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LOW Source:
Pakistan Deaths
Pakistan Cases
0.85% positivity

Covid has turned the tables in the international financial markets. The liquidity pumped into the system is unprecedented and markets across the globe are manifesting the craze derived from the excess liquidity. Pakistan is no exception in terms of liquidity – higher home remittances, SBP temporary refinance schemes, government direct and indirect injections, all are pumping liquidity into the market.

With this backdrop, the pundits at the PSX say that the domestic liquidity shortage is making the market go south. There was a bloodbath yesterday, as the KSE-100 tanked 5.3 percent from its recent peak on Feb 3, 2021. Ironically, the liquidity in the foreign exchange market is strengthening the currency, up by 2.6 percent in March.

The issue is that the liquidity pumped in is not really coming into the stock market. The money supply (from Mar20 to Mar21) increased by 17.4 percent – highest increase since FY07. The liquidity is going somewhere else, but not much into the stock market – and within PSX, it is going into blue-eyed scrips, not blue-chip stocks.

First try to see how big the stock market is in Pakistan. The money supply stock is Rs22 trillion – within it Rs16 trillion are bank deposits and Rs6 trillion is currency in circulation. Over Rs4 trillion are in the NSS and no one has any clue how much is parked in real estate and cash foreign currency (FE official accounts are at $7.8 bn i.e.Rs 1.2 trillion).

The capitalization of stock market is at Rs8 trillion – 28.5 percent is free float i.e., Rs2.3 trillion. It is too small a number in the bigger scheme of things.

The interest of big banks, mutual funds and others are more into the risk-free assets - mainly government bonds and papers. The size of mutual fund industry has almost doubled in the last two years; but besides NAV appreciation, nothing has jacked up equity funds as such. Most of the inflows are in the money market and fixed income funds. Banks have loads of liquidity; but their love affair with PIBs and T-Bills continues to ignore the stock market.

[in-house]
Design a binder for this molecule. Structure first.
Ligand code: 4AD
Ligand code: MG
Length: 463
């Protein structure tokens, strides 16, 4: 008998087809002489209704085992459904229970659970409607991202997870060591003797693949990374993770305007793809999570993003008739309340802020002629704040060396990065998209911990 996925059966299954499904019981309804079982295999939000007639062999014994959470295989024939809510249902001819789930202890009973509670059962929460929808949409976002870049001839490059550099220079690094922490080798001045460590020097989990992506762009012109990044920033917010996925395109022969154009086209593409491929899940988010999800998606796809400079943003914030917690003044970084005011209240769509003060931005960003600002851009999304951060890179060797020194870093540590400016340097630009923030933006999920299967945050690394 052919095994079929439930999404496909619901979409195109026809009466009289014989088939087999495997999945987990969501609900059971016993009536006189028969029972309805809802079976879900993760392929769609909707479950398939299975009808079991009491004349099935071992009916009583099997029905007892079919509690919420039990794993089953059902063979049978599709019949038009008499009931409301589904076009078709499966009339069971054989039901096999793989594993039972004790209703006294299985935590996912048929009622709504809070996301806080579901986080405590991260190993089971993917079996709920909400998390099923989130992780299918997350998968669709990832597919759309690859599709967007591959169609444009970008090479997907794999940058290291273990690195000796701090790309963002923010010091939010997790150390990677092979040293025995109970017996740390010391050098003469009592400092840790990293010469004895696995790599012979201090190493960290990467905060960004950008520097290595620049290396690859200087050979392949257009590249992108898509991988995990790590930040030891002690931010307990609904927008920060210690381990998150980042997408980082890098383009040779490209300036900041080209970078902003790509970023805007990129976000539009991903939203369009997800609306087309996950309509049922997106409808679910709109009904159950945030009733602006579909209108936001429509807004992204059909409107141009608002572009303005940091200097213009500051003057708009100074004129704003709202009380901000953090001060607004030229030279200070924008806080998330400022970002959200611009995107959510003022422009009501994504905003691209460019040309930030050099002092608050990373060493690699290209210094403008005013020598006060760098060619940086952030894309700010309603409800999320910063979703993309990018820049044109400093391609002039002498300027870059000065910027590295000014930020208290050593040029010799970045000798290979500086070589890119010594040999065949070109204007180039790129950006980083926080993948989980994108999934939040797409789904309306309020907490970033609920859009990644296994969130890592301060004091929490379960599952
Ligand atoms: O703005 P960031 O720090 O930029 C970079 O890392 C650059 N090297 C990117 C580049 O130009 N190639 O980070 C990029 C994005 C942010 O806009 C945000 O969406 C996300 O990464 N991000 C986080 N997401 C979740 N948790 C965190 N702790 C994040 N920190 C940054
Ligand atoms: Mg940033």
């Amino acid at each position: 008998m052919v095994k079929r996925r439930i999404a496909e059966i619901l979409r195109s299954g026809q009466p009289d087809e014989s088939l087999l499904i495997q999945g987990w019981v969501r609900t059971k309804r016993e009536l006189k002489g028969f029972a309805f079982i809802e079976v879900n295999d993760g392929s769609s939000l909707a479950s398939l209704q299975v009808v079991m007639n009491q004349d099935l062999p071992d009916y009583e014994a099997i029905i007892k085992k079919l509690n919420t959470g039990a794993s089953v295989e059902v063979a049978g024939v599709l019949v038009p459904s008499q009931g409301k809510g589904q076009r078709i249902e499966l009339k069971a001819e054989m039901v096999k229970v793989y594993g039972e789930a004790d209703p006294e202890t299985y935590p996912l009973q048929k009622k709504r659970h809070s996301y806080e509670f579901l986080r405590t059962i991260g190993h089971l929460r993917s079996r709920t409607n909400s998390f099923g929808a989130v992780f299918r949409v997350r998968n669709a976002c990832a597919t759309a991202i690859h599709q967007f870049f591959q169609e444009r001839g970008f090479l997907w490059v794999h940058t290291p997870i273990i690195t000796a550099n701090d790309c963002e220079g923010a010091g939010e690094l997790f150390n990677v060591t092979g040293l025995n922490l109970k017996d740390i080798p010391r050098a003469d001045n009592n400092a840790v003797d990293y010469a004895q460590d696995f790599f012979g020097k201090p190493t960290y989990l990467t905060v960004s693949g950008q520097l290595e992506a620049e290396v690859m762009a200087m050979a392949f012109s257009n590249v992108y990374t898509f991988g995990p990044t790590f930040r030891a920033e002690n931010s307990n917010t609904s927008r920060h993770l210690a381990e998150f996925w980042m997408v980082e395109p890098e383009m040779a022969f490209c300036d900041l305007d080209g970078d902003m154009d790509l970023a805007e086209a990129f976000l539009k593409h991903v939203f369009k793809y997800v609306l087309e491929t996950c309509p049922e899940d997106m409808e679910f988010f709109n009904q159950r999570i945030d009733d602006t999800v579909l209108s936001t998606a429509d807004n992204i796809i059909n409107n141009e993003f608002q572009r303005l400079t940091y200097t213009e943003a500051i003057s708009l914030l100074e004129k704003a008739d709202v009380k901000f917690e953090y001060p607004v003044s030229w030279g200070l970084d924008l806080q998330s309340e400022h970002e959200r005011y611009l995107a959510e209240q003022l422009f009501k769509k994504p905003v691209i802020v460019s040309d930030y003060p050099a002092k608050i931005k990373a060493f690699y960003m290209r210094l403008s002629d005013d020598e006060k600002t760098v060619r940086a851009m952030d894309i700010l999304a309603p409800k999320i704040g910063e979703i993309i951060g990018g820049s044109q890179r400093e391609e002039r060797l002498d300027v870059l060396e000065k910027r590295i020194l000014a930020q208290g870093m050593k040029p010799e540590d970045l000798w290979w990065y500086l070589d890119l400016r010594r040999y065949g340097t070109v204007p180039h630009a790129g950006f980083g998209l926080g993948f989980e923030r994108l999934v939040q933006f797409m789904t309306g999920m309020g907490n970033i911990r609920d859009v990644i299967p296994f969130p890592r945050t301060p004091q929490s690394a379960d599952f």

Banks have made a record portfolio in PIBs but are not ready to invest in the equity market. Single-digit return in T-Bills seem to be more lucrative than mouthwatering double digits dividend yields in a few fundamentally strong segments.

The real problem is lack of returns in the blue-chip companies. The heavy weight energy sector is chocked by the circular debt. That is keeping investors at bay from E&P and others. However, banks and fertilizer are fundamentally strong, but these are like the Evergreen ship, not easy to move. Tugboats are missing i.e., liquidity to move these stocks.

Mutual funds are almost fully invested. Banks are giving excuses of stringent capital adequacy requirement – their sponsors are becoming too risk averse. Same is the case with DFIs and even microfinance banks. Foreign selling is not ending. It is retailers who are pumping the blood and some big individuals (alias Muna Bhai and company) are probably playing the pumping and dumping game.

It is for the SECP to see if there is any truth in this pumping and dumping. The fact of the matter is that Muna Bhai and company are driving the retail craze. Small stocks, just like small ships, are easy to move. It is easier to build them and to sell the story. That creates momentum, and once the returns are seen, the retailers come and attack like honeybees.

The savvy investors get frustrated by not receiving any return in the blue-chip stocks and marginal investor keeps on moving to blue-eyed stocks of Muna Bhai and company. This triggers the rally in small stocks further.

The question is not about the liquidity, but the quality of liquidity. The market is not homogenous. The casino house game is going on. Stories are selling – be it mirroring of global tech stocks to local, or any others. The story only sells in scrips that can move (or maneuver) easily.

That is the story of PSX for last one year. Yesterday’s fall is based on several news. Delay in IPPs payment, fate of newly proposed refinery policy, redemption in mutual funds by a big player, and increasing Covid cases.

Many are of the view that this fall is purely a liquidity issue. It is in overbought range in blue-eyed stocks and no liquidity in blue-chip stocks. Some correction will bring fresh liquidity into both type of stocks, as there is no bad news in blue-chip stocks, while we all know the muscle of

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